At many casinos, employees can legally detain anyone if they have probable cause to suspect a player is cheating or causing a disturbance. If the police get involved, the law often takes the casino s side, say lawyers and civil rights advocates, even if it appears that the casino has overstepped its rights.
In October 2002, Raymond Cagno was having a field day playing blackjack at Las Vegas s El Cortez casino. The dealer was inadvertently showing both her cards (only one of the dealer s cards should be visible), increasing the odds of winning at her table. When casino personnel noticed the error, they asked Cagno to stop playing. It is not illegal to profit from a dealer s mistake, but when Cagno got up to leave, the security guards grabbed him, handcuffed him, and took him to a security holding office. After some heated back and forth between Cagno and the guards, police were called. The officers arrested Cagno for disorderly conduct based, they said, on a complaint from an El Cortez security guard. Cagno was initially convicted, but he appealed, and the conviction was overturned. Later, Cagno s civil suit against the casino was settled for an undisclosed amount. (The El Cortez declined to comment.)
Although most casinos today are run by corporations, the business has a lingering reputation for attracting shady characters, and sometimes it s not hard to see why. Consider what happened in Rosemont, Ill. In 2001 state gambling regulators stopped Emerald Casino from opening a riverboat casino in the Chicago suburb, claiming that some of the contractors being used to build the facilities were affiliated with organized crime. Worse, the board alleged that two friends of Rosemont s mayor who were minority shareholders also had mob ties. The mayor denies any organized-crime connections, but Emerald s gaming license was revoked, and the firm went into bankruptcy.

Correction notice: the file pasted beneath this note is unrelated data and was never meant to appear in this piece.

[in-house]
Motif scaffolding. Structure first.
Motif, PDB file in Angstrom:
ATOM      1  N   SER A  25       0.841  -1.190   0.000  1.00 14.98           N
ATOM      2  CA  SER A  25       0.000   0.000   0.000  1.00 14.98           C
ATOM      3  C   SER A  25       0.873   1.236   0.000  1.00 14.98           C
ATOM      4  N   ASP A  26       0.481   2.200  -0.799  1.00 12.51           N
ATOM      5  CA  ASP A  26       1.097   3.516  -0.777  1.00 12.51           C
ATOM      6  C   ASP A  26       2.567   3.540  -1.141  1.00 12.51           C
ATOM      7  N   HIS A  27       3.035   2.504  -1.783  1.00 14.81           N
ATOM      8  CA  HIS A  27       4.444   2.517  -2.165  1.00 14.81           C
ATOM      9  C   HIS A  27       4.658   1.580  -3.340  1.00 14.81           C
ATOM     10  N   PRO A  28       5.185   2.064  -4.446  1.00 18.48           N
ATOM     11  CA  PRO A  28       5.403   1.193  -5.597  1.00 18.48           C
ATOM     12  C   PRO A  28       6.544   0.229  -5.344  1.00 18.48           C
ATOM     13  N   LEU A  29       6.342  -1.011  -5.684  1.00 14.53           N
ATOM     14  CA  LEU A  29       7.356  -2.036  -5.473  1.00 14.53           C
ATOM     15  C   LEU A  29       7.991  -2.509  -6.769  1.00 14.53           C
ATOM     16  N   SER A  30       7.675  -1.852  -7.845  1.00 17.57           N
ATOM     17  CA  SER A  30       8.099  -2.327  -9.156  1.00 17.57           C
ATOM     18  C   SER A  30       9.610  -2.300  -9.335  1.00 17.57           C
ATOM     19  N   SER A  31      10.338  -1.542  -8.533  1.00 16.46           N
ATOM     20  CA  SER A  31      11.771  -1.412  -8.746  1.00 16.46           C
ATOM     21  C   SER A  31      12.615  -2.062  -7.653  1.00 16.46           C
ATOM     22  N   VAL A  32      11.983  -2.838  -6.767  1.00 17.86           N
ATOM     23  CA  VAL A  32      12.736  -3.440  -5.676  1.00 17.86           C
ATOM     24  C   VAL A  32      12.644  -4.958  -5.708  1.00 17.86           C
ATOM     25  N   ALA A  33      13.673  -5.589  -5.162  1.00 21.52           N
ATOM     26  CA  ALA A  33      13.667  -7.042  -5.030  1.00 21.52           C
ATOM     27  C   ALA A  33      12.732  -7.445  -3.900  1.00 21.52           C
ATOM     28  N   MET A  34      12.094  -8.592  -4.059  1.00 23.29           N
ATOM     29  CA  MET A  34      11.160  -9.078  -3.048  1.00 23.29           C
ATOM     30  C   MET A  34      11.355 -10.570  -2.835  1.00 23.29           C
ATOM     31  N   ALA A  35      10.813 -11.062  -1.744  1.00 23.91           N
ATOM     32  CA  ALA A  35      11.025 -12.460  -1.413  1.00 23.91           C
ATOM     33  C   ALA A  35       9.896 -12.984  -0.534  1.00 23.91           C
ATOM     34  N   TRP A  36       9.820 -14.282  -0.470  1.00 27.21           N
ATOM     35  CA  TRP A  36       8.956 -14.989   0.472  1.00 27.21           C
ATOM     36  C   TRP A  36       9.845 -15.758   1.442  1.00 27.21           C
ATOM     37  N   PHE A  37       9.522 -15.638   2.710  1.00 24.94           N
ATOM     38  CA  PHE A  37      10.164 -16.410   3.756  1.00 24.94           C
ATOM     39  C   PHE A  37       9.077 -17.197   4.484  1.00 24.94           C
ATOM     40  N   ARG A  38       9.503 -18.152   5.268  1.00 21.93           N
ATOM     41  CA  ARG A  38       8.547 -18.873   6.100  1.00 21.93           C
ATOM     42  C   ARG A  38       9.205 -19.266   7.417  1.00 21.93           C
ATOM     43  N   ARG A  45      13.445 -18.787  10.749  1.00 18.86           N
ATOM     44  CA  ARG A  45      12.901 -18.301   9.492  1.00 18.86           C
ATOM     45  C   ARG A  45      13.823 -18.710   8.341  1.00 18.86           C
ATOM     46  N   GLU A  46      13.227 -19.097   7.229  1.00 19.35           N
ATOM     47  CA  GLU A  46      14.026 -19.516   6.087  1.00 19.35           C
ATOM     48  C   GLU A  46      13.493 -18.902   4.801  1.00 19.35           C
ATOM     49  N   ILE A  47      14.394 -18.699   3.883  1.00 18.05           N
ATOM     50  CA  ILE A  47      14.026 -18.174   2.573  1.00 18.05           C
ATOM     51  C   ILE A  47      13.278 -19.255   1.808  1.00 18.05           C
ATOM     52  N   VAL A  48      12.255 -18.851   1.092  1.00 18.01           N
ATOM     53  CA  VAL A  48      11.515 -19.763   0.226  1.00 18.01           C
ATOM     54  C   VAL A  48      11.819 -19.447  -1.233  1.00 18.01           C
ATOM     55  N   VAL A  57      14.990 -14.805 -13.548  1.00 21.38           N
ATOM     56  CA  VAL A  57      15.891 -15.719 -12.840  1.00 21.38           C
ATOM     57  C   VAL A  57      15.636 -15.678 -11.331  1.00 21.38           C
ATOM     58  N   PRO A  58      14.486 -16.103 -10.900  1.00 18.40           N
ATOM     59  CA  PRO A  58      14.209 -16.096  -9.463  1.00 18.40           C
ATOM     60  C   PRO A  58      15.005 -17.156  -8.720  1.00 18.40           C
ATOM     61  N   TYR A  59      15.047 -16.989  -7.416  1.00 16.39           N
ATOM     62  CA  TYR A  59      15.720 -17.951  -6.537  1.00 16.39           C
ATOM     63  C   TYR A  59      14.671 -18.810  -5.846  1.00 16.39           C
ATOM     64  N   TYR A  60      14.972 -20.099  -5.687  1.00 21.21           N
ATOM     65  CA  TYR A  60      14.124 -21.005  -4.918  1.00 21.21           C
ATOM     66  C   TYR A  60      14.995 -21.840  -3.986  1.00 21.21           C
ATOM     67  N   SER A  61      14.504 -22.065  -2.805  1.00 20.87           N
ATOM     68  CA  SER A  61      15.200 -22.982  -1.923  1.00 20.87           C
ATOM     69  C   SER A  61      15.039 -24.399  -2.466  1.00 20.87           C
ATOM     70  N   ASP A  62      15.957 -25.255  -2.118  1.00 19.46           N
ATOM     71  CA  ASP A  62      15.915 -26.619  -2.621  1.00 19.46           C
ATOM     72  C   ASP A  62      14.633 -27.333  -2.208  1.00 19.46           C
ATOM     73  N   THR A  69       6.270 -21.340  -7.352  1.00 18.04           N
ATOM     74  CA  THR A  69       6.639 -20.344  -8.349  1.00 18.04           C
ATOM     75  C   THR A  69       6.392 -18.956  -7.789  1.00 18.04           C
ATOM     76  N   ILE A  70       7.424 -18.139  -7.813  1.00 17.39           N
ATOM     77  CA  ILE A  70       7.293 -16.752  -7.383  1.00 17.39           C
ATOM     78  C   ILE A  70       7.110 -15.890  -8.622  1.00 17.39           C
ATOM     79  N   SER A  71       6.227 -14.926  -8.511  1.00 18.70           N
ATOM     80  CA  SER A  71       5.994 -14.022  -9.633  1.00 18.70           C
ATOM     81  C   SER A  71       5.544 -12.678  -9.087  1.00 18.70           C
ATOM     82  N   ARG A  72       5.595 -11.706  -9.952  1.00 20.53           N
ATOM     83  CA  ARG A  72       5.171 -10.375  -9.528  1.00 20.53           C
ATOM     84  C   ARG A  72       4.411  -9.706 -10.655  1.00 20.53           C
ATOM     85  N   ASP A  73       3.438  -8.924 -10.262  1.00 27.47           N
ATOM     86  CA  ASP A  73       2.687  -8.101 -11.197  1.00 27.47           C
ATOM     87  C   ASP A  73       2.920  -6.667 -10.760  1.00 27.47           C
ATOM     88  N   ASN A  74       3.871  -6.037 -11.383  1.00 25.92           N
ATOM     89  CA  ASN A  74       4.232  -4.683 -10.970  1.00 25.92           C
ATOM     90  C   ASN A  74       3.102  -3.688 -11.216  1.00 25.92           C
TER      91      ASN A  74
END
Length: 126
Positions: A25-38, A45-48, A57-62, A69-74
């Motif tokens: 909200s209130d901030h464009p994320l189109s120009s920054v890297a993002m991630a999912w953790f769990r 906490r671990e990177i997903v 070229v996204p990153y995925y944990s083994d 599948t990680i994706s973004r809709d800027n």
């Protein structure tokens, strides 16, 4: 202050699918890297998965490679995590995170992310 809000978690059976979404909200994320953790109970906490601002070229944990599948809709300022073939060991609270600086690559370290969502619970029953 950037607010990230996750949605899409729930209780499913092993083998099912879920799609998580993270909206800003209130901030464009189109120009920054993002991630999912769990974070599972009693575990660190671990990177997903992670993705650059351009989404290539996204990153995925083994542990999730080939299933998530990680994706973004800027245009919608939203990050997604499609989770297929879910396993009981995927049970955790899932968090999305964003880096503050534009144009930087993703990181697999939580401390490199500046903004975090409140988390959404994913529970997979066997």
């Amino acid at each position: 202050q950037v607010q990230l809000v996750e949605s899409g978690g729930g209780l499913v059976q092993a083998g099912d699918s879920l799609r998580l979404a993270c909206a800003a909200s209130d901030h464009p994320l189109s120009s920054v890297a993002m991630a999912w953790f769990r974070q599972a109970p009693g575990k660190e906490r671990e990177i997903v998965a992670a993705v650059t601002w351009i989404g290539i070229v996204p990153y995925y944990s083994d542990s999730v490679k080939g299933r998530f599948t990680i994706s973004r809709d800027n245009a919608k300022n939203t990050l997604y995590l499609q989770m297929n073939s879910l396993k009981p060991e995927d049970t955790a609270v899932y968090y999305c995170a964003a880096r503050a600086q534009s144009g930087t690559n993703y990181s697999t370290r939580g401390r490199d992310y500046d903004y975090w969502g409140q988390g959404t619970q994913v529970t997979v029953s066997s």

In 2004, when the license came up for auction, the political appointees on the gaming board once again awarded it to a company planning to open a casino in Rosemont, despite objections from the board s professional staff. Wary of the mayor s alleged connections, it recommended the license not go to any Rosemont project, and in 2005, the state gaming board revoked the sale of the license to the casino.
Casino executives and groups donated more than $10.8 million to political campaigns in the first half of 2008, according to the Center for Responsive Politics. That s in addition to millions more that get contributed to state and local politicians who have gambling issues in front of them.
In Pennsylvania, the relationship is even cozier. When the state legislature passed a law in 2004 legalizing slot machines in the state, it included a clause allowing Pennsylvania s lawmakers to own up to 1 percent of any company with a casino license which included everything from a casino to a slot machine manufacturer. The ruling s many critics say it has created a conflict of interest for politicians, who may be tempted to act in their own financial interest instead of their constituents on gaming issues. But as far as Pennsylvania lawmakers are concerned, such complaints are a day late and a bucket of quarters short.